For the Rudd government, one of the advantages of out-sourcing its anti-refugee measures to Indonesia is that Jakarta is not a signatory to the international Refugee Convention, which prohibits countries from “refouling” or sending back, refugees to face the governments whose persecution they have fled.
Indonesian authorities are reportedly preparing to detain and deport many of the 250 Sri Lankan Tamil asylum seekers who have refused to leave their boat in the West Javan port of Merak. The refugees were intercepted by Indonesian authorities at Canberra’s request on October 11.
According to Australian media reports, Indonesian negotiations with Sri Lanka involve the forced repatriation of about 130 of the Merak passengers who do not carry UN registration cards certifying that they have been accepted as genuine refugees. Any such deportations without the right to apply for asylum would flout the Refugee Convention.
There is no doubt that Sri Lankan Tamils satisfy the convention’s test of fleeing political or ethnic persecution. Decades of official anti-Tamil discrimination led to the country’s protracted civil war when only just ended in May. The Sri Lankan government is currently detaining more than 250,000 Tamil civilians in military-run camps in breach of the country’s constitution and legal system and preparing for a permanent military occupation of Tamil areas of the island’s north and east.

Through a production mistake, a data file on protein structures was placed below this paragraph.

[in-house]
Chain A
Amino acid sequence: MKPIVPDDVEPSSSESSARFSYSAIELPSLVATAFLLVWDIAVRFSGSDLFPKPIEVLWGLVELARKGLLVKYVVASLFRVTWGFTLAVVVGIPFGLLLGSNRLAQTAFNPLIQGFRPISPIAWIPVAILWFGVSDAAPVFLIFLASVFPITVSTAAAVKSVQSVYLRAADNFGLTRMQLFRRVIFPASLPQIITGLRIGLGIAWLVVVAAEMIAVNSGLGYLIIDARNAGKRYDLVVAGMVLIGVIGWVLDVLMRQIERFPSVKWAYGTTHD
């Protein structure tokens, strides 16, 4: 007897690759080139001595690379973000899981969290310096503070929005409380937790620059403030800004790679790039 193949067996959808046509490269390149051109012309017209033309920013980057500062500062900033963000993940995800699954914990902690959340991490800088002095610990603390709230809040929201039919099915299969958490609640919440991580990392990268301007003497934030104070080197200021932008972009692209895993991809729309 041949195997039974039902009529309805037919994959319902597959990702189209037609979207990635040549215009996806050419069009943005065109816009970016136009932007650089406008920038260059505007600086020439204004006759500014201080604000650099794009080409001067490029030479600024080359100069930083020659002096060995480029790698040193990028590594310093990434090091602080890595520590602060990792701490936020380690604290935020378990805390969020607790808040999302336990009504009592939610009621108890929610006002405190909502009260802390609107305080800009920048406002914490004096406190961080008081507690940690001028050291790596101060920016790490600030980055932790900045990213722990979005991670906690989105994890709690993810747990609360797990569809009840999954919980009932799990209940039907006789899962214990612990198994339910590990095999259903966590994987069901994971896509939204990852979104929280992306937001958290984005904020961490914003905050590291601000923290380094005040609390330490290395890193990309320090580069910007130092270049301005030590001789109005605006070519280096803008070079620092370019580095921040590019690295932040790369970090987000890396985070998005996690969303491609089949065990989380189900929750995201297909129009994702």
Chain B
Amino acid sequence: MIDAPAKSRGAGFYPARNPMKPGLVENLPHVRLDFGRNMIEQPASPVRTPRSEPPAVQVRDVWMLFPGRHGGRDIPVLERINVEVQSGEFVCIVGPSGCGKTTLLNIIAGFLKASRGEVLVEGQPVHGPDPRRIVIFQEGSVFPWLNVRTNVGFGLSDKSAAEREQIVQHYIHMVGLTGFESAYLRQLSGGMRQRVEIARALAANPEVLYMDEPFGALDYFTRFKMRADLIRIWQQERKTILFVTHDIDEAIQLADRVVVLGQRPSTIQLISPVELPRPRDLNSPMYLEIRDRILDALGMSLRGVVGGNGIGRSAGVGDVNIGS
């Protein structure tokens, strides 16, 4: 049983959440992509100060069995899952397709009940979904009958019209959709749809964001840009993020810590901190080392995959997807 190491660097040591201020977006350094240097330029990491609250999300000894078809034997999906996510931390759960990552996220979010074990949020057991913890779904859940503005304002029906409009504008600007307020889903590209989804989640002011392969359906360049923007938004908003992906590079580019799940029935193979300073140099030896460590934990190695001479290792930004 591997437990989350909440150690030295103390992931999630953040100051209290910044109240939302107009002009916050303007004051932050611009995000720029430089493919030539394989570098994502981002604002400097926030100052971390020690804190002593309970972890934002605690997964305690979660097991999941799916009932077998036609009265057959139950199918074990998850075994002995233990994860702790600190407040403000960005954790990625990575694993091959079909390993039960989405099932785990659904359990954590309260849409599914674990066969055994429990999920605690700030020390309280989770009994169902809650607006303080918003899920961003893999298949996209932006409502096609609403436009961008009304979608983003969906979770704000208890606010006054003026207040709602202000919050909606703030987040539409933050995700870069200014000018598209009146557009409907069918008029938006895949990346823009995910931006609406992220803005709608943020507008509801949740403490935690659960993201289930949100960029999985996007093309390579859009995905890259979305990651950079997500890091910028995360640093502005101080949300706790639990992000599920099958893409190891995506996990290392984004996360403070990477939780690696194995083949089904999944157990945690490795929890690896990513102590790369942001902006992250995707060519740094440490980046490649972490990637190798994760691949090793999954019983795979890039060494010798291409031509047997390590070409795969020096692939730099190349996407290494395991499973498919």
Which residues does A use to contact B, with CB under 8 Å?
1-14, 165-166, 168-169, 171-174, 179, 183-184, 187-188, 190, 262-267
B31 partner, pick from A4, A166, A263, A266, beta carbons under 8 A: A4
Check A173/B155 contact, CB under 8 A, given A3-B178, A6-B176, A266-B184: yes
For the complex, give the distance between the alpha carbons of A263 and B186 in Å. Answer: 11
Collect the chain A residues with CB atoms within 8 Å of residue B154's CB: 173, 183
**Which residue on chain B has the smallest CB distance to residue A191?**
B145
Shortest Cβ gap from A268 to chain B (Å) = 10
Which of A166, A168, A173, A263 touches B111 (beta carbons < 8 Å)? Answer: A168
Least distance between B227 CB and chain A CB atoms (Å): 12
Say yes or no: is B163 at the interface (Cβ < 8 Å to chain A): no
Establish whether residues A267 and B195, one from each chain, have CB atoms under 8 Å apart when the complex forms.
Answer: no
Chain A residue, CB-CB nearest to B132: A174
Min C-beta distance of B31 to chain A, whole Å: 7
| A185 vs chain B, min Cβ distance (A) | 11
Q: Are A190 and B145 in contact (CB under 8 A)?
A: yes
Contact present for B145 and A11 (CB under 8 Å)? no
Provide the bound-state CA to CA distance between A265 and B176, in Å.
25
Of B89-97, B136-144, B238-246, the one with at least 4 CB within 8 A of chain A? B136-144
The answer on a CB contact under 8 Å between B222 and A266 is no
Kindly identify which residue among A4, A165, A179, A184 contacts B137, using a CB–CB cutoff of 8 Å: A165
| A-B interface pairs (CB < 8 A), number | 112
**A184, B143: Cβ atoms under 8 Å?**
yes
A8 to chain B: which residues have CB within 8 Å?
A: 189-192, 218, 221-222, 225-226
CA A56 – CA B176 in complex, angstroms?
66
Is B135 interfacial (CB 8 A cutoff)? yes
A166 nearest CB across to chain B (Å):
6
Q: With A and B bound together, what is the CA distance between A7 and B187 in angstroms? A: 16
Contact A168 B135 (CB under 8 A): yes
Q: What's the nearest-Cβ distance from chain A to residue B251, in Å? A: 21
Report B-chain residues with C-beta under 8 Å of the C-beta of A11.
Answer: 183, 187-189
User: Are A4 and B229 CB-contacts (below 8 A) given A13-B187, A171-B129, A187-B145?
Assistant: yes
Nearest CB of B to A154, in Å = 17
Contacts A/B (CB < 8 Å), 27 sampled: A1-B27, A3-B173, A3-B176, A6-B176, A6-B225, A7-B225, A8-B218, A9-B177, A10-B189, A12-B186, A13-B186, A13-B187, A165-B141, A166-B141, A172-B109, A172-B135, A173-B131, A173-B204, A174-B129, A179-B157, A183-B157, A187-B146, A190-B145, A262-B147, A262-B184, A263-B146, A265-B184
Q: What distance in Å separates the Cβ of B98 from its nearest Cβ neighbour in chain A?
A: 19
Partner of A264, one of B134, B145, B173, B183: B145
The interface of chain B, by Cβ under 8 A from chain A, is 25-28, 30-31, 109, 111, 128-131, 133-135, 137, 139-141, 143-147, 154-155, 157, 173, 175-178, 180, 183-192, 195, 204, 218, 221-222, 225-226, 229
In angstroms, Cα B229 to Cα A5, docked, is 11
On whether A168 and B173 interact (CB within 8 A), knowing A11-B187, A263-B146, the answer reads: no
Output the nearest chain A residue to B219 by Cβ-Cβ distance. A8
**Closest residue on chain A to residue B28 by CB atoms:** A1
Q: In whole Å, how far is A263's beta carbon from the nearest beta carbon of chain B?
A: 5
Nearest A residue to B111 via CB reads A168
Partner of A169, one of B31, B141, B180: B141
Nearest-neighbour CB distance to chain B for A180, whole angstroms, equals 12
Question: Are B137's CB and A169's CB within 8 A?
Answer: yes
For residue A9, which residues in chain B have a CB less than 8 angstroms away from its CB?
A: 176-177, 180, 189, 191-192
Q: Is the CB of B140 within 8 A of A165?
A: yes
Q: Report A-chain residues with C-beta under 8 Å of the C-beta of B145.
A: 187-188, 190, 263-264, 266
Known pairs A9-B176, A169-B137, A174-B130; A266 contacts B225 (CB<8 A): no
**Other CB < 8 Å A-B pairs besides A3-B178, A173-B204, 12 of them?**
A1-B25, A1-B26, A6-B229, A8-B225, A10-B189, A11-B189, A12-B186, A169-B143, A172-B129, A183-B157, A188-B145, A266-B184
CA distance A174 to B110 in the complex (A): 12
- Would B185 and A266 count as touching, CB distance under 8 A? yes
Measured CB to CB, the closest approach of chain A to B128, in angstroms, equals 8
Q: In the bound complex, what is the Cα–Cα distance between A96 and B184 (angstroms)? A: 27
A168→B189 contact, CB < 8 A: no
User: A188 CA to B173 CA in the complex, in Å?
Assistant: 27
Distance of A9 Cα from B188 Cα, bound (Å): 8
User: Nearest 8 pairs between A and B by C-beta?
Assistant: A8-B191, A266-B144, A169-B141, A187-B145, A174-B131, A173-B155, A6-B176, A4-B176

The Rudd government underscored its “hardline” approach last weekend by chartering a 100-seat jet to Sri Lanka in order to forcibly remove six Sinhalese asylum seekers who staged an eight-hour protest inside the Christmas Island immigration detention centre last month. They were accompanied by 17 guards and immigration officials. One of the men had climbed a 12-metre pole and threatened to jump from it in a desperate attempt to avoid being sent back.
The six fishermen had become the first detainees to be isolated inside the centre’s “red block”, built by the previous Howard government, with small metal cells for supposedly violent or unstable prisoners. They were among 50 Sri Lankans who had been trying to reach New Zealand when their boat hit a reef in the Torres Strait, between Australia and Papua New Guinea, on March 28. So far, only 12 have been granted refugee visas.
Last week, Australian foreign minister Stephen Smith and his Sri Lankan counterpart Rohitha Bogollagama signed a statement in Colombo agreeing to launch a joint crackdown aimed at preventing Tamils from fleeing the island and seeking asylum in Australia. In this instance, the Rudd government is directly collaborating with the regime responsible for the persecution of Tamils (see “Australia-Sri Lanka deal for joint crackdown on Tamil asylum seekers”).
Conscious of the groundswell of public revulsion toward the Howard government’s brutal policies, which played a significant part in Howard’s landslide defeat two years ago, the Rudd government has claimed to be following a more “humane” course. In reality, it is cajoling regional governments to help it carry out a major escalation of the measures introduced by its predecessor.
As the latest shooting again demonstrates, the inevitable logic of that “Fortress Australia” policy is the use of lethal police or military force to deny refugees the fundamental democratic right to live where they choose, with full legal, social and political rights.